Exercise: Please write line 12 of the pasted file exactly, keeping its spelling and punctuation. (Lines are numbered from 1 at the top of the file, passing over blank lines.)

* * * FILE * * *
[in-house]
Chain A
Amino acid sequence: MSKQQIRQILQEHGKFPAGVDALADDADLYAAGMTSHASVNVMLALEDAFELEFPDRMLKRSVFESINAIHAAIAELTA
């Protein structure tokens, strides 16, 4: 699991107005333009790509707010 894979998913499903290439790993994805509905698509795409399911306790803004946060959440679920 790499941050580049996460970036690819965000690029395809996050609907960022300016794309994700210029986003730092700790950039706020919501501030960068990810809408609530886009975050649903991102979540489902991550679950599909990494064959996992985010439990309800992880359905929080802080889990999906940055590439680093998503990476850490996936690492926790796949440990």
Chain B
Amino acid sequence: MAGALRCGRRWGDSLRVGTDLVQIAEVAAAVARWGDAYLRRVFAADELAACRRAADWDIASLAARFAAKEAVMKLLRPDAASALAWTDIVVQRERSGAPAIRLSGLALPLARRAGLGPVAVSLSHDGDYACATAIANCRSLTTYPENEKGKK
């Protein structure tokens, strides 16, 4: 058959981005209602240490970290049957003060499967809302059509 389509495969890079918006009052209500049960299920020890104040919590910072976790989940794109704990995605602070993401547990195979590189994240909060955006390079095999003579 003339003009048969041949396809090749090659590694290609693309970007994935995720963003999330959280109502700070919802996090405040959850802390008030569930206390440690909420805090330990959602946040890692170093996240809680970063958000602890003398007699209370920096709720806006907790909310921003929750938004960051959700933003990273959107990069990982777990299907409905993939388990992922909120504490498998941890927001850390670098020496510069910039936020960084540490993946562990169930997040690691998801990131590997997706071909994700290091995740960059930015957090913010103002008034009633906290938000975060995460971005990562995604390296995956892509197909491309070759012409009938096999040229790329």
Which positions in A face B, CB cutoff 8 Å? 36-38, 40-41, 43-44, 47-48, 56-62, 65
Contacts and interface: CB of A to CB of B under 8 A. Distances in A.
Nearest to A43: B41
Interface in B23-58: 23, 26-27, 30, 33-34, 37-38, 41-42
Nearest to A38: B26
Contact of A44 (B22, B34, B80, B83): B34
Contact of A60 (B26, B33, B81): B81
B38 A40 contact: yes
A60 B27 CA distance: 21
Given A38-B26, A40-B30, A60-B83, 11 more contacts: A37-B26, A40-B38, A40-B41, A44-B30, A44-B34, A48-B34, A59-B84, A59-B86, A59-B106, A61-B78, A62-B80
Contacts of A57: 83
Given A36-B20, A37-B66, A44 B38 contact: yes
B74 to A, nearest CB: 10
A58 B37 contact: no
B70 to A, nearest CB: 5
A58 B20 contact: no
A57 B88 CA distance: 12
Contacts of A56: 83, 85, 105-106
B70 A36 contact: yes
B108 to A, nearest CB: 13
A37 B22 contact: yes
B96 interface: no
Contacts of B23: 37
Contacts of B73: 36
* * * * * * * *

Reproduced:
Nearest to A38: B26